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Photo of One Vanderbilt on December 11, 2019 © 6sqft

After attending a presentation by One Vanderbilt‘s developer SL Green, the Post was able to share some juicy new details on the office building’s observation deck, which will be the second-highest outdoor deck in the city and is being designed by Snøhetta. Now known as The Summit at One Vanderbilt, the 59th-floor deck will have “two step-out, glass floor ledges that overhang Madison Avenue.” Also on this floor will be food and beverage options, and on the floor below will be an “‘infinity room’ with 40-foot-high ceilings.” The building is set to open in August 2020, while the Summit will begin welcoming guests (who will pay $35 for the experience) at the end of 2021.

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Newseum, World Trade Center antenna

Photo by Sagie / Flickr

The Newseum in Washington D.C. will close for good at the end of this year due to financial issues, and when it does, it will put a piece of the World Trade Center antenna in storage instead of giving it to the 9/11 Memorial and Museum here in New York City, as Gothamist reports. The 360-foot television and radio antenna, which was located on the North Tower, has been part of the Newseum’s September 11th exhibit since it opened at its current location in 2008.

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550 Madison Avenue, AT&T Building, Gensler

All renderings courtesy of Gensler

It’s been two years since developers unveiled their plans for a $300 million renovation of 550 Madison Avenue, helmed by architecture firm Snøhetta. Built in 1984 to the designs of Philip Johnson and John Burgee, the 647-foot building was the world’s first postmodern skyscraper. After several revisions, the renovation plans were approved by the LPC in February, and now, developer the Olayan Group has revealed the first renderings of the lobby. Most notably, the interior designs respect the 110-foot arched entryway and vaulted ceilings and add a window overlooking the proposed new public garden in the rear arcade.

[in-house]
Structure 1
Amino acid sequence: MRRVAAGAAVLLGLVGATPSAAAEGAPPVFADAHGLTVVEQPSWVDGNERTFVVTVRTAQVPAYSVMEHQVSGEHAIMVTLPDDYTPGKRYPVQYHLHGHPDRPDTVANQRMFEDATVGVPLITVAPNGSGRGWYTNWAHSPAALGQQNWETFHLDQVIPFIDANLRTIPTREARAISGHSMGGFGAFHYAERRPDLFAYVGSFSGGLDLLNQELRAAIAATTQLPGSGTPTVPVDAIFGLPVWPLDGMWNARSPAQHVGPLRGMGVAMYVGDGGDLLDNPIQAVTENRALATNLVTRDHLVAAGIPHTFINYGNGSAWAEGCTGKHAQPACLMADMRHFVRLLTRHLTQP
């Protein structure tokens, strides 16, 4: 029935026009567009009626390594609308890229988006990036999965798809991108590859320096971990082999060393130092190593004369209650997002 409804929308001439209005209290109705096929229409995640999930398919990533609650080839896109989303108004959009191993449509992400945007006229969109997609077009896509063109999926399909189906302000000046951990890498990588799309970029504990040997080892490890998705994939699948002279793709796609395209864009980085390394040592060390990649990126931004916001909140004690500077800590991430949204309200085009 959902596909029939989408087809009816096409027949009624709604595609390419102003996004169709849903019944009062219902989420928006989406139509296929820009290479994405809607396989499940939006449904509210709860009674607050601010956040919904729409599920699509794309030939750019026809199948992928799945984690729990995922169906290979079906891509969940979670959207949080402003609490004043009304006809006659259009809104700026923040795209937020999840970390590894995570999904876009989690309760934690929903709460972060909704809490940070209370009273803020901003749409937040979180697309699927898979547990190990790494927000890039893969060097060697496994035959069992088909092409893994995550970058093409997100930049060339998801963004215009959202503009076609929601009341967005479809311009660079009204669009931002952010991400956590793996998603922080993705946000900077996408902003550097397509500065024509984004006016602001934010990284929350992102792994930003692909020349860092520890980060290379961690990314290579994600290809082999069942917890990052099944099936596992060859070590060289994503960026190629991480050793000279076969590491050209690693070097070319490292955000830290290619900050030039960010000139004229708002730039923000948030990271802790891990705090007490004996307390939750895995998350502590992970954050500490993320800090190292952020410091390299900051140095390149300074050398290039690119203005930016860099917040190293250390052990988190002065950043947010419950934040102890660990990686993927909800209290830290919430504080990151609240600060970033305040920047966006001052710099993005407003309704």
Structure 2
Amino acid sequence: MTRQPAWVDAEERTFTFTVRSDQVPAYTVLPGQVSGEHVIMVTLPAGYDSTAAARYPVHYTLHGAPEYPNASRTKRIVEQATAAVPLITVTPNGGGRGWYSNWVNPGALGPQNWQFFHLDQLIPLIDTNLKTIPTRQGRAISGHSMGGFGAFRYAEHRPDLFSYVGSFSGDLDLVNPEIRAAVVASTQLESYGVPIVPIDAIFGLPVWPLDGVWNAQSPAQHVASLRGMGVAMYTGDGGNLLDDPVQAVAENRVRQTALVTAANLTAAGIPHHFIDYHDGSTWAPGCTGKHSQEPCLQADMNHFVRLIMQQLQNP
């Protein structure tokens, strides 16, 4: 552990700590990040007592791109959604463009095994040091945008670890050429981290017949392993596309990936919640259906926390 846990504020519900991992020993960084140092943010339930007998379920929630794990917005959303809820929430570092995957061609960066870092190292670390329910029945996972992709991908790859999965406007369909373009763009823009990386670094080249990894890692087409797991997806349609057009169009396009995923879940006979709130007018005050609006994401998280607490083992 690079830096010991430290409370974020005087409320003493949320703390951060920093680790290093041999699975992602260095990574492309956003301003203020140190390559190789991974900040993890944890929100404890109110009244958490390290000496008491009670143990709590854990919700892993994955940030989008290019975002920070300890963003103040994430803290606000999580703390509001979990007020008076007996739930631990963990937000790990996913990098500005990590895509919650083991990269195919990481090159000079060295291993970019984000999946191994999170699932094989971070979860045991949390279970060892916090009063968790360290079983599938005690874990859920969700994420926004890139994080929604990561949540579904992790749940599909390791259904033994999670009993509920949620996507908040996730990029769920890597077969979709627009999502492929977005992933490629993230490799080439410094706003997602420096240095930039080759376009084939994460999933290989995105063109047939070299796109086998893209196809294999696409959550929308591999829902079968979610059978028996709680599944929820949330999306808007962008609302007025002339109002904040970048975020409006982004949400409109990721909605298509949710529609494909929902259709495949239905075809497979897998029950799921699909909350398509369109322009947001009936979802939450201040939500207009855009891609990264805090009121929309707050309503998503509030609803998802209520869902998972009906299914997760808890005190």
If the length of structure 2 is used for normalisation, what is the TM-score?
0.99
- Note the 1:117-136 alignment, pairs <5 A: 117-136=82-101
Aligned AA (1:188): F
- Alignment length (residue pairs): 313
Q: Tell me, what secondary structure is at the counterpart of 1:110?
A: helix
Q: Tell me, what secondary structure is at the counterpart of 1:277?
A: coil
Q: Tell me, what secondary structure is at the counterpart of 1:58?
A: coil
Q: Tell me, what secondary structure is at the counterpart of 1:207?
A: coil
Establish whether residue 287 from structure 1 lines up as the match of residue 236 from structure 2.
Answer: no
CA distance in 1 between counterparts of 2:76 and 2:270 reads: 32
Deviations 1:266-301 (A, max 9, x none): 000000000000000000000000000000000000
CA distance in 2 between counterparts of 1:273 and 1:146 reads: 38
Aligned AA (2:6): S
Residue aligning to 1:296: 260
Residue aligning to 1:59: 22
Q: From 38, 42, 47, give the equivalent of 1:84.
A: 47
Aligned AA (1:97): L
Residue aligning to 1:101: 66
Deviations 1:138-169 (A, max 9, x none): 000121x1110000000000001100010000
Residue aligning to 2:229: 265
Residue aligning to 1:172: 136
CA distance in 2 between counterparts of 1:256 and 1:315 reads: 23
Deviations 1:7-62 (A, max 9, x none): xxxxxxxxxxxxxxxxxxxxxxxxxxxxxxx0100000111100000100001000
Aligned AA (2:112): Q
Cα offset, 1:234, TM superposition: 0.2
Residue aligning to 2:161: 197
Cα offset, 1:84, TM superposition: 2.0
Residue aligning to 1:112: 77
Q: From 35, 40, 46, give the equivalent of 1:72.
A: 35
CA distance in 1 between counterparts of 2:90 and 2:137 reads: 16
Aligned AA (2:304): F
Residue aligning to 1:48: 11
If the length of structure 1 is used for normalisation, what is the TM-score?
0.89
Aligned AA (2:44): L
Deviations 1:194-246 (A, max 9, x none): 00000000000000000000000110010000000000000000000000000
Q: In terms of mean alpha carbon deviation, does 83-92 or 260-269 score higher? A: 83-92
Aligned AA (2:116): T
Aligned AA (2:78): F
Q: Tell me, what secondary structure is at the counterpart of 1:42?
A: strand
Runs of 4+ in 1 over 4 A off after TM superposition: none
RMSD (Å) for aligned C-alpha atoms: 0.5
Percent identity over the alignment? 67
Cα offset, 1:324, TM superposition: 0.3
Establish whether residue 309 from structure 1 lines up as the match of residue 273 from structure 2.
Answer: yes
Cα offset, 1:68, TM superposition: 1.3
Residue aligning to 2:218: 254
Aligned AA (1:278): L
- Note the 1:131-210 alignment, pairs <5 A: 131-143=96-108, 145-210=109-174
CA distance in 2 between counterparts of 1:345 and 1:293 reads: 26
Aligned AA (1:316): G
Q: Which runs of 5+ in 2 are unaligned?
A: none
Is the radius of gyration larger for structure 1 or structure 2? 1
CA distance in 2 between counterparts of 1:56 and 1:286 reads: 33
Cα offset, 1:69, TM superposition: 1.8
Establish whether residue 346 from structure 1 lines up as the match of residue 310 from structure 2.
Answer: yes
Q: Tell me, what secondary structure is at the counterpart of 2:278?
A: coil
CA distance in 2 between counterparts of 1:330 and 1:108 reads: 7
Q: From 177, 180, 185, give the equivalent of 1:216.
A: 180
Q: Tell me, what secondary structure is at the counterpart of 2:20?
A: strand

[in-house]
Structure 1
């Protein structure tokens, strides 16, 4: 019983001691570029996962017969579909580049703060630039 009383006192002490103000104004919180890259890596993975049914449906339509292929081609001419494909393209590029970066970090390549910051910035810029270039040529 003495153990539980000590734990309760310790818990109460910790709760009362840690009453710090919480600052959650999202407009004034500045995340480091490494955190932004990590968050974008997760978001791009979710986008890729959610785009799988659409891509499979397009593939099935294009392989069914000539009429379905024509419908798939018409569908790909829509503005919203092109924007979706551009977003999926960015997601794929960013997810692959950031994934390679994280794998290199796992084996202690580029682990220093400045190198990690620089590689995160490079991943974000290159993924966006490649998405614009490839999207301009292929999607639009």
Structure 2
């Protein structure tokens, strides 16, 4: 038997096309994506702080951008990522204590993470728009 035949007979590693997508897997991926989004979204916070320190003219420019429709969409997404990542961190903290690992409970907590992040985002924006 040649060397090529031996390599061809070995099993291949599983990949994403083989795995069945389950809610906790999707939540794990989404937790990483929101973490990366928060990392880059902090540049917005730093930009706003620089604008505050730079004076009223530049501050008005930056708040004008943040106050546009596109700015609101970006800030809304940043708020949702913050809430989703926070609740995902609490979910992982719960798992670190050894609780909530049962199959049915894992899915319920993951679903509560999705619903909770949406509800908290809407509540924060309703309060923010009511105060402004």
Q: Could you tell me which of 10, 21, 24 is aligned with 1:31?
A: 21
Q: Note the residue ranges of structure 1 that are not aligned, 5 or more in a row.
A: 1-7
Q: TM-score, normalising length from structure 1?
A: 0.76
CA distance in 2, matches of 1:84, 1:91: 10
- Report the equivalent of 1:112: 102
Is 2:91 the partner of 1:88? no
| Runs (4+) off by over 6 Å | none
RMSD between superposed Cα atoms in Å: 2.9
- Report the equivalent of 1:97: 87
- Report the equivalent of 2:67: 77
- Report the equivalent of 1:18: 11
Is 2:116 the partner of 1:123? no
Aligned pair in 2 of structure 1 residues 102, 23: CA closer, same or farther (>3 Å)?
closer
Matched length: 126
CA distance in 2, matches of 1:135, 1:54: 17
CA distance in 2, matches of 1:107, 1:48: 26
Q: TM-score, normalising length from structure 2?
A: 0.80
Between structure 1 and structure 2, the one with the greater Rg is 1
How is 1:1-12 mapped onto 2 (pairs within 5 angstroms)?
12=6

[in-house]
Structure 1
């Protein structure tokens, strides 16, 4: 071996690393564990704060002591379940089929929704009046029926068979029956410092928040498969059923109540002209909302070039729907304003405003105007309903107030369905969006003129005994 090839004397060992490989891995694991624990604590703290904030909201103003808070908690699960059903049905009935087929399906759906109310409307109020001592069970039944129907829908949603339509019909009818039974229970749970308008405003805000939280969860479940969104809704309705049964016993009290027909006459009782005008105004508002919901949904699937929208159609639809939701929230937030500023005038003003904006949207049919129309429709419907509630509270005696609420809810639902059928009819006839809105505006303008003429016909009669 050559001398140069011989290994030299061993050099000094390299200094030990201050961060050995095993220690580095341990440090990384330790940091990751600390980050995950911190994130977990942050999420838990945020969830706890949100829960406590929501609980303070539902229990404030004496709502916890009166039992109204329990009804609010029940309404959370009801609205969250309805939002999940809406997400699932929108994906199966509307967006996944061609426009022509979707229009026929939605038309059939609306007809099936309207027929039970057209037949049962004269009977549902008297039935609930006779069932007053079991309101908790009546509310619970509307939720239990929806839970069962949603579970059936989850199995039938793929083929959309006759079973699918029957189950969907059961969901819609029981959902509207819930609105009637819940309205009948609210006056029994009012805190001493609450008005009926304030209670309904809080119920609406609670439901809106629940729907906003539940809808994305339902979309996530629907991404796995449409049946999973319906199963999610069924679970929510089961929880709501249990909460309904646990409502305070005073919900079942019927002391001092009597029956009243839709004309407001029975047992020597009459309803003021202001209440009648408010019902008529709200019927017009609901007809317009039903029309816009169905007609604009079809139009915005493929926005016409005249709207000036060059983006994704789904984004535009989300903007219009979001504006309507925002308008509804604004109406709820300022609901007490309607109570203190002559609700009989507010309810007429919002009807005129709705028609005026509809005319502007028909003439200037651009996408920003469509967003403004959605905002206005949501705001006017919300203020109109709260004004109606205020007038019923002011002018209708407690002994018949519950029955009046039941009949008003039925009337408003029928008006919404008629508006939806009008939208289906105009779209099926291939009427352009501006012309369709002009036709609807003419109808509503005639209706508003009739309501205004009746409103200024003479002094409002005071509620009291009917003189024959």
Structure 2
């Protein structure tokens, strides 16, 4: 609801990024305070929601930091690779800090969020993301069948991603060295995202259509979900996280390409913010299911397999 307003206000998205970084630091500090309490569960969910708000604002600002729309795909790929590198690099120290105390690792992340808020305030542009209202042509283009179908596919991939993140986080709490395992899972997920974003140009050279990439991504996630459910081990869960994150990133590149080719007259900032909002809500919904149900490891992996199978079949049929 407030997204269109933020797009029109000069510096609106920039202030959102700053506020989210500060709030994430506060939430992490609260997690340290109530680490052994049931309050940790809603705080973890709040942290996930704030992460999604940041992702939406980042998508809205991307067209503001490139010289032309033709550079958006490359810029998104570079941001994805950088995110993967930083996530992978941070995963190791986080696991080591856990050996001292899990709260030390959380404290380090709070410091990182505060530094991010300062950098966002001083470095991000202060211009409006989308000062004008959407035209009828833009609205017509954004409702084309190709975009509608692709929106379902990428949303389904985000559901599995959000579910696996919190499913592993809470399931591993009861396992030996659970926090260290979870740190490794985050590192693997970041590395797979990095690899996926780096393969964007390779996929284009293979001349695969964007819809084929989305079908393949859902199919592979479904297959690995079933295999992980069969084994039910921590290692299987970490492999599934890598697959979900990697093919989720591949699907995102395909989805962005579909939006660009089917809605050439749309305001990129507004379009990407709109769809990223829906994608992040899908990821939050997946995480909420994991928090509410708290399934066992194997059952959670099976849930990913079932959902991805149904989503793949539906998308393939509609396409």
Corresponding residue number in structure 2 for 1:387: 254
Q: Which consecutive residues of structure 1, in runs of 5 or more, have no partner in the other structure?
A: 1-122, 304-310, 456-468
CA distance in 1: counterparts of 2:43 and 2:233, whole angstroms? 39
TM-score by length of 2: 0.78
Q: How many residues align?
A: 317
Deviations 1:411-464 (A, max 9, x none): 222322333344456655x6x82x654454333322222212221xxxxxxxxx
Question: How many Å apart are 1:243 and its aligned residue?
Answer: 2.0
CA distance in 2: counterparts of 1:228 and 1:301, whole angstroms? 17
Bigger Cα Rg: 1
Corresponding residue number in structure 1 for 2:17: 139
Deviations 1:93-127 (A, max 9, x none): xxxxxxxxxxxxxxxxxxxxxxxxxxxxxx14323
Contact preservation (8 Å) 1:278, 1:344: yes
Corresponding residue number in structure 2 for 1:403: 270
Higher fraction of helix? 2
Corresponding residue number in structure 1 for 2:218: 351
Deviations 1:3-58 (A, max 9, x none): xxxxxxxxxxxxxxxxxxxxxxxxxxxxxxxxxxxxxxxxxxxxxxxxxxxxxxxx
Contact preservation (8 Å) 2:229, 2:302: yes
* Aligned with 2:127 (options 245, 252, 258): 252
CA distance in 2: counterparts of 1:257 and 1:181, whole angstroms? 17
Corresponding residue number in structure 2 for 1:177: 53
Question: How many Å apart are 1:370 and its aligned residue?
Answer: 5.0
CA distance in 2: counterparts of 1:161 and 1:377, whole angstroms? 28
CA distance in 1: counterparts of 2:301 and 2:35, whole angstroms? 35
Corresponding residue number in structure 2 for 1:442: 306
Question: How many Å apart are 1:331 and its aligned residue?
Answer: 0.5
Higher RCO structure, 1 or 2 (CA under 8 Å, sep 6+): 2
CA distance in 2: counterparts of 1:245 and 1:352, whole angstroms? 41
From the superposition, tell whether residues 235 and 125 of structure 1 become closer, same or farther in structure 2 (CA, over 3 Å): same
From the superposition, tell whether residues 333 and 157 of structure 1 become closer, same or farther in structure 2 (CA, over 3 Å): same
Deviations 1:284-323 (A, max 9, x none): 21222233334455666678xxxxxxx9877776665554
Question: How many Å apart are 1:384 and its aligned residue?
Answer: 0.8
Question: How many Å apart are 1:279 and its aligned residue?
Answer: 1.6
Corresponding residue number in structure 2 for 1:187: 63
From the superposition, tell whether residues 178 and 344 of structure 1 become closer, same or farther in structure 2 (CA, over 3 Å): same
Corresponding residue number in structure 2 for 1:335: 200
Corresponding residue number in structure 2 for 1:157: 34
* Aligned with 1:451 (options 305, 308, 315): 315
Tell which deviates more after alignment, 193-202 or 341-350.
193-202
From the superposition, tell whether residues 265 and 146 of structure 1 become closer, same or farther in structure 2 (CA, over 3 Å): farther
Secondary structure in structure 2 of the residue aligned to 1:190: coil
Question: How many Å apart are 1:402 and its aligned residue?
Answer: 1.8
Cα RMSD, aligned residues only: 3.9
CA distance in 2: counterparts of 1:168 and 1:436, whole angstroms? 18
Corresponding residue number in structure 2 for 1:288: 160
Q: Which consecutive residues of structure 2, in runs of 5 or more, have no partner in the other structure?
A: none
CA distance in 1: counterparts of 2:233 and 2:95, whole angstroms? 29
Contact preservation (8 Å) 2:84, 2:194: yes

More details ahead

Rendering of 50 West 66th Street courtesy of Binyan Studios/Snøhetta

Extell’s Snøhetta-designed Upper West Side tower at 50 West 66th Street has cleared one set of legal challenges but the building’s contested use of mechanical spaces remains an issue. As Crain’s reported on Tuesday, the city’s Board of Standards and Appeals voted down challenges to the building’s split zoning lots—upholding the Department of Buildings permits for the project—but voted to further scrutinize the tower’s use of mechanical floor spaces by initiating a review of whether Extell is “appropriately occupying” those spaces.

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NYC Council votes to close mechanical void loophole

By Devin Gannon, Thu, May 30, 2019

Rendering of 50 West 66th Street; courtesy of Binyan Studios/ Snøhetta

The New York City Council on Wednesday voted to close a zoning loophole that has allowed developers to fill multiple floors of a tower with mechanical equipment without counting the floors as part of the building. The so-called mechanical void loophole enabled taller residential towers, and therefore higher, more expensive units, without actually creating more housing. The amendment approved by the Council will count mechanical voids taller than 25 feet as zoning floor area, as Crain’s reported.

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Archtober2020